DG: I was already in the business arena when I got out of college. I really did not know what I wanted to do except sell. So, I went to work for a food distributor, the IJ company, which was at the time the 11th largest food distributor. I was the first rep they ever hired out of college. So, my first year I sold a million. In my second year, I sold two million and this is 40 years ago, which was huge dollars back then. Then they made me a district manager over a small area and within six months they put me over their largest area, which was the Knoxville area. The way I was able to increase sales so quickly was I usually targeted a lot of the chain or larger restaurants back then. I was basically trying to sell people on a one-stop-shop early on, way before what chain restaurants do today. So, I worked at the IJ company for about five years and since I grew up in Florida, I took a job as the VP of sales for PYA Monarch in their Florida division. I stayed there for about two years, and City Provisioners bought the company out and it was like going back to the dark ages, so I decided to move back to Knoxville because that is where my wife wanted to live, and IJ hired me back as a chain representative. They had lost some of the business that I had when I was there, and I went out and got all that business back. Early on that is what I really liked to do - help and solve problems for the food distributor in order to gain business at the local chains. We had several in our marketing area. But that is not really what got me where I am today because when I did come back to the IJ company and chain sales, I think I stayed there for about two years, and then I started my own food brokerage company. When I sold it about 15 years later, we were either number one or two in the market as a food brokerage company. How I got where I am today is, Pal's was not buying a thing from my brokerage company and at the time I had a partner who was doing home meal replacement. We wanted the Pal's chili business because they were making it in the commissary. We went and made the call on Thom Crosby who owns the company and he said, "Well, I'll be glad to give you the chili business, but you've got to figure out who's going to slice my ham and chicken sandwiches and my cheese." So, what I did was I chartered a plane, we took him to the chili plant, and we took him to a couple of plants that slice meats, and that is how I started working with Pal’s, and I did this through 18 years with my brokerage company. Over the years, Thom would never just give me any business. But every time he had a problem, he would call me, and I would take care of the problem for him. Pal's is one of the largest independent chain restaurants in East Tennessee and about two years before I sold my business Thom told everyone who called on him that going forward, whether I represent it or not they need to talk to me about any supply chain issues, because I was going to be making all the decisions. So that was interesting! And when I sold my food brokerage company after a two-year merger, he asked me to come to work for him and that is how I got to where I am today.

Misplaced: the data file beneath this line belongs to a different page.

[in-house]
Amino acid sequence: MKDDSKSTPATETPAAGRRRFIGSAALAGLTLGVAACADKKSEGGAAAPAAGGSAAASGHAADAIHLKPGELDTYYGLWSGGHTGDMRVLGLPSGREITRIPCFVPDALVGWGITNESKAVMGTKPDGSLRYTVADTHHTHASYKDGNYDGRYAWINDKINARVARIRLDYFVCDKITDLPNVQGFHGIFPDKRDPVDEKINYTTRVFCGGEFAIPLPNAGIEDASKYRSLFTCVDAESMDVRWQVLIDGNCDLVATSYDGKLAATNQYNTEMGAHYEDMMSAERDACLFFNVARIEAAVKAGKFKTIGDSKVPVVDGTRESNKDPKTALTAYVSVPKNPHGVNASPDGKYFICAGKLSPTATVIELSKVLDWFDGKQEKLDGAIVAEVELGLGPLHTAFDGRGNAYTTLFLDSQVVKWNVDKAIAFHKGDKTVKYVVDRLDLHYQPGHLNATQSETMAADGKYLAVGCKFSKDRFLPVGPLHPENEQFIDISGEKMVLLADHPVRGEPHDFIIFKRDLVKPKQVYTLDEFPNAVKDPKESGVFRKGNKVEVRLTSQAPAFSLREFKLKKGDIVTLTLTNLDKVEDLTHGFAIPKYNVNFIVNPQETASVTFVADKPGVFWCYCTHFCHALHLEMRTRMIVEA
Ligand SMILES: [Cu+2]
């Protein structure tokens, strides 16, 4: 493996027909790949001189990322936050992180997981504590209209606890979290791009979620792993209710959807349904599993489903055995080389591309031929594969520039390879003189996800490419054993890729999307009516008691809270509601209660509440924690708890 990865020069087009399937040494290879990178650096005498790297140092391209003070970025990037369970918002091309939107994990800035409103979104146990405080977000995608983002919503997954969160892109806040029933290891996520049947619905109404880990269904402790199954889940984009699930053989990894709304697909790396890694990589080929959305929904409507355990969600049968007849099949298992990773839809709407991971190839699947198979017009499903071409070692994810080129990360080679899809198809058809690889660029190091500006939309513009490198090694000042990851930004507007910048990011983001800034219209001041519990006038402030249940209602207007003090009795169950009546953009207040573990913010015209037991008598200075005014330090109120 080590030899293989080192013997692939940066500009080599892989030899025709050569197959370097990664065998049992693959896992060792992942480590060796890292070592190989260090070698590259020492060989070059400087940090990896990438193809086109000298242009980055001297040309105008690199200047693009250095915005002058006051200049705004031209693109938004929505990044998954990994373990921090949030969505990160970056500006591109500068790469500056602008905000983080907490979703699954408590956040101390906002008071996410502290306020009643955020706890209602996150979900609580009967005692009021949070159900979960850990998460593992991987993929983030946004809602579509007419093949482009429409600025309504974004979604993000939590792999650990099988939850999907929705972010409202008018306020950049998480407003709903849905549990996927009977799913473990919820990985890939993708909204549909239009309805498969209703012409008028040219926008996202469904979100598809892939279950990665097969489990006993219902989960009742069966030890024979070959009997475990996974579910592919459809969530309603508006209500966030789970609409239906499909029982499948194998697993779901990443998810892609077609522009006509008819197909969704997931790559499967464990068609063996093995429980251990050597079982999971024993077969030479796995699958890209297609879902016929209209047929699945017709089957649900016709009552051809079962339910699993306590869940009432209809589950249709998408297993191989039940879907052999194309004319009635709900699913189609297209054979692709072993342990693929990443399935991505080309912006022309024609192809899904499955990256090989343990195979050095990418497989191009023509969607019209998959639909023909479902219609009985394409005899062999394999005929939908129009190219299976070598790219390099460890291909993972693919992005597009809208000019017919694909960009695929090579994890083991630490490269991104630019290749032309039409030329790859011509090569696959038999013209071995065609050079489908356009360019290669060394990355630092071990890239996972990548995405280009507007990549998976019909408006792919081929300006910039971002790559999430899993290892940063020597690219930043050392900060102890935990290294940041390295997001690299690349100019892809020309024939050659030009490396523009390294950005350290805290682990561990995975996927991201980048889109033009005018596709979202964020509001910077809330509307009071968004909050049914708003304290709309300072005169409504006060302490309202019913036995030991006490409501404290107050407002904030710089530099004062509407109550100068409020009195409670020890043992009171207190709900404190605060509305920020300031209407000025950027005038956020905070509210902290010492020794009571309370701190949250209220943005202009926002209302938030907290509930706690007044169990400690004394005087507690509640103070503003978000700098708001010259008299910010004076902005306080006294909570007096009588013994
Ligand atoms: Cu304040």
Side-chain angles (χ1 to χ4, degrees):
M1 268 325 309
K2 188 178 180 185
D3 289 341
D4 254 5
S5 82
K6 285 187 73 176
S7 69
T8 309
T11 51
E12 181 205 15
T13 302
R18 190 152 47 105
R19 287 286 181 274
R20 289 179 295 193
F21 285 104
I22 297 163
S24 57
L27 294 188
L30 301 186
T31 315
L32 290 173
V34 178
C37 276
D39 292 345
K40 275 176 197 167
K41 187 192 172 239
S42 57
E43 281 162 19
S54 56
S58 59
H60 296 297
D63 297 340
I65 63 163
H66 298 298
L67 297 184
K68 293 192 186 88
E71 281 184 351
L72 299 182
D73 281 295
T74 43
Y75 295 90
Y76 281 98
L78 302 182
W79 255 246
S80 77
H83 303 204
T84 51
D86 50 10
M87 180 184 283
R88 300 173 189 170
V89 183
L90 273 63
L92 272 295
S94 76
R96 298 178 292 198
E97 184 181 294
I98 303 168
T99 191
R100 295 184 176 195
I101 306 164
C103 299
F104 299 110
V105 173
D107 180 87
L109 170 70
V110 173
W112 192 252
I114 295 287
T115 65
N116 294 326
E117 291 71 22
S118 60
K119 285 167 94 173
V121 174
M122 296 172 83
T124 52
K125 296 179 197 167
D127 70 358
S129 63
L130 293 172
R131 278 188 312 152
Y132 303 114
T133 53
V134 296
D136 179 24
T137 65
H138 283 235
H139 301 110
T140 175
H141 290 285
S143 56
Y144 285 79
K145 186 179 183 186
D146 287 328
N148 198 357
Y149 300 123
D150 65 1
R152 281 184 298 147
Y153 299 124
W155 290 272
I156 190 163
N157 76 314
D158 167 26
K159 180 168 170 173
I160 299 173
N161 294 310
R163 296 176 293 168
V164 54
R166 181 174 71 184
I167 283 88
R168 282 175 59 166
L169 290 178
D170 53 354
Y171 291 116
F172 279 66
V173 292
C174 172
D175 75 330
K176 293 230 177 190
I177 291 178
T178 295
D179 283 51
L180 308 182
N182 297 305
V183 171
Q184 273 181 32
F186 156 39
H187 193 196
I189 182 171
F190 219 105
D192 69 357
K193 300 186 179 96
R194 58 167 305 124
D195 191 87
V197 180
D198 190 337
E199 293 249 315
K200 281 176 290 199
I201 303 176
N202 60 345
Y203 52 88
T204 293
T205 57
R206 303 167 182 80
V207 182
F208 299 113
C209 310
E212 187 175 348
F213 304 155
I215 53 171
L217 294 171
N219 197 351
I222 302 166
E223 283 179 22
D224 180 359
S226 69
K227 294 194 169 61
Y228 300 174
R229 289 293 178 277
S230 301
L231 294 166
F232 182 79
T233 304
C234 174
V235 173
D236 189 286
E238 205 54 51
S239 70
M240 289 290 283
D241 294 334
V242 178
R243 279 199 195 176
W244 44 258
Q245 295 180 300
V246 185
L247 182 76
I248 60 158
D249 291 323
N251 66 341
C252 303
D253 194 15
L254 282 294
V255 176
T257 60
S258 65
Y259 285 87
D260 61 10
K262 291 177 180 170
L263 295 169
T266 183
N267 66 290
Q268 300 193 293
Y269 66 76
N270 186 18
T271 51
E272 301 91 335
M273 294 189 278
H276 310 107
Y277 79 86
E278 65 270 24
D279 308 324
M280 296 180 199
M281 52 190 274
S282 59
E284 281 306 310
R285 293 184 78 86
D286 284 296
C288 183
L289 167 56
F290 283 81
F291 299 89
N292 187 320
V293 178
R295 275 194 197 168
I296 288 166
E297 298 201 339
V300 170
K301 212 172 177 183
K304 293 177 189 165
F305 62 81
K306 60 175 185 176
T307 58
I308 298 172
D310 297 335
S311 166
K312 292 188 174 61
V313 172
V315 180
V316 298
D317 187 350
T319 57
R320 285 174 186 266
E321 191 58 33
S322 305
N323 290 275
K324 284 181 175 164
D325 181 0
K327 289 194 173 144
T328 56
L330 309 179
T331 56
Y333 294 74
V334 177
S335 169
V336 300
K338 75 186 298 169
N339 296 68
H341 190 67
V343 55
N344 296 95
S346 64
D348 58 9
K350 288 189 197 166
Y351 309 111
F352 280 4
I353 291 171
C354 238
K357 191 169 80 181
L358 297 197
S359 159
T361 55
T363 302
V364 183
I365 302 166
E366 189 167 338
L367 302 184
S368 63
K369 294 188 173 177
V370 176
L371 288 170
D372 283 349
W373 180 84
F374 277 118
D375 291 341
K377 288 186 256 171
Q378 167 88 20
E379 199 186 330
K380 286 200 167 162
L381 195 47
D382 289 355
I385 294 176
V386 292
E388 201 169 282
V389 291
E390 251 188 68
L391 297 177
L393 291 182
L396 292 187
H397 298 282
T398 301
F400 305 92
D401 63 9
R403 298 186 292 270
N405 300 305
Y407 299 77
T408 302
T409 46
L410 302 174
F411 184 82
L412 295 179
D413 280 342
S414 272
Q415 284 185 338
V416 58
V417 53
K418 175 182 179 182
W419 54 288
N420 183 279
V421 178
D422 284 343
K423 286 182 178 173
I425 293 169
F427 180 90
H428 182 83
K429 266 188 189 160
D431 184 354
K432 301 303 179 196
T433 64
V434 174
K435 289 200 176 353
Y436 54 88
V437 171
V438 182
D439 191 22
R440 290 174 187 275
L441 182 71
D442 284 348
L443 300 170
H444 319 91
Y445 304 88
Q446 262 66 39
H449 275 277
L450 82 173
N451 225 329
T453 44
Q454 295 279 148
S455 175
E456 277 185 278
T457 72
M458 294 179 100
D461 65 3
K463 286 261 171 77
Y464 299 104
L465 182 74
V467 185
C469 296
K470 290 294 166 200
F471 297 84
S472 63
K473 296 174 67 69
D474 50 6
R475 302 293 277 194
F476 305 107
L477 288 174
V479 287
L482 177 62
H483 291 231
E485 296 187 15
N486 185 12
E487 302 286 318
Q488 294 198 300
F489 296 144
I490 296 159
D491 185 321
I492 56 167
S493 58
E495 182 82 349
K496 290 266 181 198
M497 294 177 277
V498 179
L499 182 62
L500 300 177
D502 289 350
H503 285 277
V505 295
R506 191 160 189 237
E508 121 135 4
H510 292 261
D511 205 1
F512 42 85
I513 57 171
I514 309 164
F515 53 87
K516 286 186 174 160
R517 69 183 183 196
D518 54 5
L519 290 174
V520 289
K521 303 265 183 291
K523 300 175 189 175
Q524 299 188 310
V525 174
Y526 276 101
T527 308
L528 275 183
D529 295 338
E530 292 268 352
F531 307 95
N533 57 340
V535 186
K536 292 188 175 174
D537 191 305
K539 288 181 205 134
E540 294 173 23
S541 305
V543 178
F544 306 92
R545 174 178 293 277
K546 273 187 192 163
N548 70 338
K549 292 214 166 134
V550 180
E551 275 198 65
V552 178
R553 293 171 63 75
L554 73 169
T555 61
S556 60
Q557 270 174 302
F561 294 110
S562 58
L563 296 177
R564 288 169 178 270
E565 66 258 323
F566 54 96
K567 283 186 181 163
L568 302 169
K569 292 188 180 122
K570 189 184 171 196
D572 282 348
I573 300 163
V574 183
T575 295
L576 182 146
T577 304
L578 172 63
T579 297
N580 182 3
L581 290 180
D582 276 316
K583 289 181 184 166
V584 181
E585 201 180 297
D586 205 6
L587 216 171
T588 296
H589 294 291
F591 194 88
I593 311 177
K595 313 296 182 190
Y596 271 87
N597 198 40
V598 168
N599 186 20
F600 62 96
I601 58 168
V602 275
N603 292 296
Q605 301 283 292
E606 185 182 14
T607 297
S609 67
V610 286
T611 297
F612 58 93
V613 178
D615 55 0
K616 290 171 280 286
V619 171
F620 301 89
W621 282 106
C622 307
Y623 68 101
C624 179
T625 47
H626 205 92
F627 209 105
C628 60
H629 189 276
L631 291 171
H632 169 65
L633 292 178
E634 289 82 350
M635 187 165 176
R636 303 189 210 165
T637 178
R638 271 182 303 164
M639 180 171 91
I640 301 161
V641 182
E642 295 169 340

SCS: As a large independent restaurant chain what was your supply chain experience with COVID, how were you affected by it in your work and what are you seeing now as we come out of it?